Comic con day 1: Fans, feminism and psychology

This story originally appeared on RealTime/STL.

Comic con got off to an easy but enthusiastic start Friday afternoon. The shortest day of the three-day event, there were several costumed fans, vendors from across the nation and a handful of programs for participants.

Here are the highlights of the sessions we attended Friday night. Watch for more on Day 2 and Day 3. You can find the Wizard World Comic Con schedule here, and be sure to follow @kgreenbaum and @ericasmith on Twitter. You can follow our tweets, and those of other participants, at #wwstl.

The super-secret history of St. Louis comics

The Post-Dispatch’s Weatherbird will be at comic con Saturday and Sunday. Weatherbird artist Dan Martin will talk about the history of the paper’s front-page icon Saturday afternoon.

Geek feminism: Girl power and problems in geek culture

Panelists cited two websites that flip female stereotypes commonly seen in comics: The Hawkeye Initiative and Repair Her Armor. They also mentioned a 2012 PBS documentary about American superheroines.

Overall, the take-aways were rather obvious:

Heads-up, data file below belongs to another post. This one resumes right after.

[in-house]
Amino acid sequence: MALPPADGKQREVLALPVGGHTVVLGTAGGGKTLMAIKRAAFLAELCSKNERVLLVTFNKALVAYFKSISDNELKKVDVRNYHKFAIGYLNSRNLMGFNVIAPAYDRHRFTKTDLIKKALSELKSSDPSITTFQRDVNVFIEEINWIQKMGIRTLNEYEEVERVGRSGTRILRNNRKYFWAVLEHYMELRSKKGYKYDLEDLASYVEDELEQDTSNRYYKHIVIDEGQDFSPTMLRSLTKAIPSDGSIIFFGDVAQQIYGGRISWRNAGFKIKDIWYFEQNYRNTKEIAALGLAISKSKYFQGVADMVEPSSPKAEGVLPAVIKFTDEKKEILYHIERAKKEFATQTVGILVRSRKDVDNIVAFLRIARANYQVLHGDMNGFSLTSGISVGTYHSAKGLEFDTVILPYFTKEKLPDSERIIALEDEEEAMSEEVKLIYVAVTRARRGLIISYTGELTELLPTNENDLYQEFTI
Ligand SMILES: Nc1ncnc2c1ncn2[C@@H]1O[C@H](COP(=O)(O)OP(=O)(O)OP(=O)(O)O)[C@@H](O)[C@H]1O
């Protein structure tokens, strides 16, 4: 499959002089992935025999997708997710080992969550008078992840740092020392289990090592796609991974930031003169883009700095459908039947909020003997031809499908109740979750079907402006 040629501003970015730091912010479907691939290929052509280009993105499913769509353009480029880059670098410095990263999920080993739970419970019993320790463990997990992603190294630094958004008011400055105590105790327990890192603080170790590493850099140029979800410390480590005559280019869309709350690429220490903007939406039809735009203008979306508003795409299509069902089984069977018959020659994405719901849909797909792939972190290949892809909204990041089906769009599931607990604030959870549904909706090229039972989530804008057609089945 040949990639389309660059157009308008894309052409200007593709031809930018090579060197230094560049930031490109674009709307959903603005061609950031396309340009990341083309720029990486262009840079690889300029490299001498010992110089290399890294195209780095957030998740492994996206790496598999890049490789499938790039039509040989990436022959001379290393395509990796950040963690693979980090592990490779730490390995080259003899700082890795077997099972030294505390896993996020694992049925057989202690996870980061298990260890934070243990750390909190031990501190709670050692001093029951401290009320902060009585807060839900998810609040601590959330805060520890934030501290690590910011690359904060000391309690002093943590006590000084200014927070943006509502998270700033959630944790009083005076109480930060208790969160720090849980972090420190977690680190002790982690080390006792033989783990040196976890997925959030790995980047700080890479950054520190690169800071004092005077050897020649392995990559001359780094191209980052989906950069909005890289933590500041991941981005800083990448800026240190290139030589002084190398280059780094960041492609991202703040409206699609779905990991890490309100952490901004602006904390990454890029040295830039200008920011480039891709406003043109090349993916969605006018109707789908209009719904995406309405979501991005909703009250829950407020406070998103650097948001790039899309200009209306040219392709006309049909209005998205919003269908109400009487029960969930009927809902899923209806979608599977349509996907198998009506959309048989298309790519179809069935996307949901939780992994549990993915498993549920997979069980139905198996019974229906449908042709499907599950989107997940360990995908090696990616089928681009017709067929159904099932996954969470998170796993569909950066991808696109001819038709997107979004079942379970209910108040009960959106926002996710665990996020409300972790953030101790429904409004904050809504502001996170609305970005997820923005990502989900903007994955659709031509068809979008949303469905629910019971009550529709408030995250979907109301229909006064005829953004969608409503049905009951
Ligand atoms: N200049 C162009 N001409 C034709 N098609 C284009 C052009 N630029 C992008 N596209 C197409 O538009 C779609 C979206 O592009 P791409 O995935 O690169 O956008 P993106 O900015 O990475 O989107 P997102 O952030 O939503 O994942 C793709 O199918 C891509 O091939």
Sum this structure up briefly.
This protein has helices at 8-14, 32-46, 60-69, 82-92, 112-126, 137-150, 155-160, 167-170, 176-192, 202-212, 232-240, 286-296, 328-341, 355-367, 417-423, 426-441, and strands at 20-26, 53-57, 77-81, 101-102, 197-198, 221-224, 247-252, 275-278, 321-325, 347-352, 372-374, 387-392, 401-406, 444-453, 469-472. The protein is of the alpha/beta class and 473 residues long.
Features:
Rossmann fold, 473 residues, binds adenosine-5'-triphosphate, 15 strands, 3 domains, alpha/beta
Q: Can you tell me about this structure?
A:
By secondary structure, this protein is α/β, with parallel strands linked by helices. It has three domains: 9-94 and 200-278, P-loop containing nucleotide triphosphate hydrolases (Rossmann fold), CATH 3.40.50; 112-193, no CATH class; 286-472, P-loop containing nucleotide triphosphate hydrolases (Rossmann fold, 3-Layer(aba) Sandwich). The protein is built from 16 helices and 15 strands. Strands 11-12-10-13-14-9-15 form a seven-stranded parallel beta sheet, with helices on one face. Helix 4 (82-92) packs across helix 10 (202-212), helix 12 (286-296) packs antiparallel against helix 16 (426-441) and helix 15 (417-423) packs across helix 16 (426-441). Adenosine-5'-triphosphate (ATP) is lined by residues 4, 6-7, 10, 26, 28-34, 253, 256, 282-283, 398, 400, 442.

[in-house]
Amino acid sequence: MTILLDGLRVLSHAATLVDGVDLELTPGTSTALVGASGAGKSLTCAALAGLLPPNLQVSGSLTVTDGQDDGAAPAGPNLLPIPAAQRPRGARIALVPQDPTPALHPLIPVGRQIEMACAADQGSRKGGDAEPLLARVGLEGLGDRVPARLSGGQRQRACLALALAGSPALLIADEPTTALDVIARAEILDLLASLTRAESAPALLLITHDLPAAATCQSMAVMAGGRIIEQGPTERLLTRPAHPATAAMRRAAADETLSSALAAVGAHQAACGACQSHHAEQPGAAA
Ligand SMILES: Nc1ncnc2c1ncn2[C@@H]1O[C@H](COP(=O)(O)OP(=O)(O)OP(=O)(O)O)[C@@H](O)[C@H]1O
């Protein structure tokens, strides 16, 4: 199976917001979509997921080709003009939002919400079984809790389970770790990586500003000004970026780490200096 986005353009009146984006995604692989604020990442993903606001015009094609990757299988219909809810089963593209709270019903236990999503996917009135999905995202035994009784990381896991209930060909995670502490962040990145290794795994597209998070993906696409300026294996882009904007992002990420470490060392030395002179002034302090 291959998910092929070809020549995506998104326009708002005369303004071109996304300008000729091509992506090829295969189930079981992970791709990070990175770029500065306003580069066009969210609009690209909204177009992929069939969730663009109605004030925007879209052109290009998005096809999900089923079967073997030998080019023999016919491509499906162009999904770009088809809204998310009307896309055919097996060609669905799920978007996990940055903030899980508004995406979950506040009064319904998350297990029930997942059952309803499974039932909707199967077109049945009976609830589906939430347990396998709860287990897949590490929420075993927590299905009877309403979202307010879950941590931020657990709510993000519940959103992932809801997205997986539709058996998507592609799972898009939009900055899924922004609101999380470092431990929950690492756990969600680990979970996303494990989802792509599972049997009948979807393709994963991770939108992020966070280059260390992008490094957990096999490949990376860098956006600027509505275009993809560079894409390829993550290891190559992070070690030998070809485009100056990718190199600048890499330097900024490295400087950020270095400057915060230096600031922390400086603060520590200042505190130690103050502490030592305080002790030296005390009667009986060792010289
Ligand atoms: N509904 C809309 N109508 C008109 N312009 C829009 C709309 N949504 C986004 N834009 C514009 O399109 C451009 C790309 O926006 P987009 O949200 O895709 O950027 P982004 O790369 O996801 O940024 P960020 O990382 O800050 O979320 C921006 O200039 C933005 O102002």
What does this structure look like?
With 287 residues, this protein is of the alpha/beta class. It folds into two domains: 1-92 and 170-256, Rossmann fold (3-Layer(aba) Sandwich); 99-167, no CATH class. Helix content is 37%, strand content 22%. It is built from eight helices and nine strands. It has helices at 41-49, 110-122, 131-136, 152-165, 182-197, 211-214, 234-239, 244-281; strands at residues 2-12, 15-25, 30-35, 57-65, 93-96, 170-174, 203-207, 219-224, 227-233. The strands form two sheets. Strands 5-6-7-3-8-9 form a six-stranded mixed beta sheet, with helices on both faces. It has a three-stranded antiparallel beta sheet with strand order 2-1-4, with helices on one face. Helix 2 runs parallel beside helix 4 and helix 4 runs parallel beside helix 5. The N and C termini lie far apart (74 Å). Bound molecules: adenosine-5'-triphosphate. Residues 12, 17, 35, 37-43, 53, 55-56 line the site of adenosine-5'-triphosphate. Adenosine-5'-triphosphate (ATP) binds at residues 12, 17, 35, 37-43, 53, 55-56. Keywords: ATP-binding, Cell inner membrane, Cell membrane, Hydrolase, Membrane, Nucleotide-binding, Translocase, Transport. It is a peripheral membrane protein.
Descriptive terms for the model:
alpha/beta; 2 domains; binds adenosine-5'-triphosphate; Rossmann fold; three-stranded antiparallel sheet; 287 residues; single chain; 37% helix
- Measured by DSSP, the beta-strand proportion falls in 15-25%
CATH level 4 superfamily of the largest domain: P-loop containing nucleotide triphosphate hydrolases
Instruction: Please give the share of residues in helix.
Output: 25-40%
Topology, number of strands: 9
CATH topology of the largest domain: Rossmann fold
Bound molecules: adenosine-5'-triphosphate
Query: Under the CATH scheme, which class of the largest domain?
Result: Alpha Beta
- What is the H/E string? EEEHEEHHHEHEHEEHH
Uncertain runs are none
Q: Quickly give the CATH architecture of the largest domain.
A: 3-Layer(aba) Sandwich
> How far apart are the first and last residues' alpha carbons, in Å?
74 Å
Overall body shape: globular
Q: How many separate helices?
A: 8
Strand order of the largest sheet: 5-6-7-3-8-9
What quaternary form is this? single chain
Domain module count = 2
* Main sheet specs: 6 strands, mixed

The Nerdy Girls Society continues this conversation online and in meetups.

Farewell, raggedy man

The title is a reference to “Doctor Who’s” 11th Doctor. Each panelist was a member of “Doctor Who” fan club St. Louis CIA — in this case, the Celestial Intelligence Agency.

There were several questions from the audience about characters, plot lines and the 50th anniversary special.

This was the first of several “Doctor Who” sessions. Several of Friday’s panelist will return Saturday morning for a look-back at the show’s 50 years. Matt Smith, who played the “raggedy doctor,” will make an appearance Saturday afternoon. Co-star Karen Gillan (Amy Pond) will share her experiences Sunday afternoon.

Psychology of science fiction

Psychologist Michael Mahon, who also teaches at Washington University, lead this session. Mahon knew his audience, that is clear, and his lecture turned out to be one of the most thought-provoking.

In a discussion that cited “Star Wars” and “Blade Runner,” Mahon said that to transcend, you must know what you want. “You probably like sci-fi because you want to be more than your original programming,” he said.

In conversations following the lecture, Mahon added a bit of “Terminator” to the mix.

“We have not yet created anything that is self-aware,” he said, carefully including the word yet. “Once it’s self-aware, it will evolve. The computers will evolve faster than we can. … We didn’t know Skynet was self-aware until it started dropping nukes. How do we know?”

Keep up with comic con

Catch up on the other sights of comic con, and watch for more on Day 2 and 3.

Follow all of the #WWSTL tweets: